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Most Popular Films

Films featuring Egypt from international, independent filmmakers

Um Hashem's Story

Hear of a mother’s fight to keep her daughter in school despite her father’s wishes to marry her off.

Produced by Oliver Wilkins

7 Days in Egypt

Take a panoramic tour of Egypt's most beloved highlights, from the Pyramids and the Sphinx to Karnak Temple.

Produced by Kristian Hampton

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Our Activity Level rating system ranks adventures on a scale of 1 to 5 to help you determine if a trip is right for you. See the descriptions below for more information about the physical requirements associated with each rating.

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Travelers should be able to climb 25 stairs consecutively, plus walk at least 1-2 miles over some uneven surfaces without difficulty. Walks typically last at least 1-2 hours at a time. Altitude can range from zero to 5,000 feet.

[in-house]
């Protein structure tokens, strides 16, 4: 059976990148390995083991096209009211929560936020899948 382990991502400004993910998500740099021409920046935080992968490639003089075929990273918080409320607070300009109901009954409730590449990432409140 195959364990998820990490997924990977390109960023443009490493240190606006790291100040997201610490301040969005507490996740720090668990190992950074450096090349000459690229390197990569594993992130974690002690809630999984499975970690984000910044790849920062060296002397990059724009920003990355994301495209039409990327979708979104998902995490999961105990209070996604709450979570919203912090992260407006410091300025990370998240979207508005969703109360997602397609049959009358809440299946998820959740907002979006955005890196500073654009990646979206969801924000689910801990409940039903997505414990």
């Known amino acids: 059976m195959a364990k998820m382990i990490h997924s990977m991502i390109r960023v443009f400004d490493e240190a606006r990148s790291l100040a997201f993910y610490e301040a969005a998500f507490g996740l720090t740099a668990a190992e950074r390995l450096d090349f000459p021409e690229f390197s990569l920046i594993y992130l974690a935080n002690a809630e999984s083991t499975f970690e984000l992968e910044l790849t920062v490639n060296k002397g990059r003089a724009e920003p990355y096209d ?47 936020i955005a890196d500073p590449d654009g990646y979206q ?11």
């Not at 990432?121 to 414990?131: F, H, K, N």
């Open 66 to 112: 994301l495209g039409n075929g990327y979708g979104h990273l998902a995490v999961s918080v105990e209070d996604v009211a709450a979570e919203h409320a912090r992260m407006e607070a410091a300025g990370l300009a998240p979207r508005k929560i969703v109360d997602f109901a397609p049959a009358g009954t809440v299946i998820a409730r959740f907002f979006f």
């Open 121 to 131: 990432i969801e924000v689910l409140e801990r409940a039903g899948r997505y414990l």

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Travelers should be able to climb 60 stairs consecutively, plus walk at least 3 miles over some steep slopes and loose or uneven surfaces without difficulty. Walks typically last for 3 or more hours at a time. Altitude can range from 5,000 to 7,000 feet.

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Travelers should be able to climb 80 stairs consecutively, plus walk at least 4 miles over some steep slopes and loose or uneven surfaces without difficulty. Walks typically last for 4 or more hours at a time. Altitude can range from 7,000 to 9,000 feet.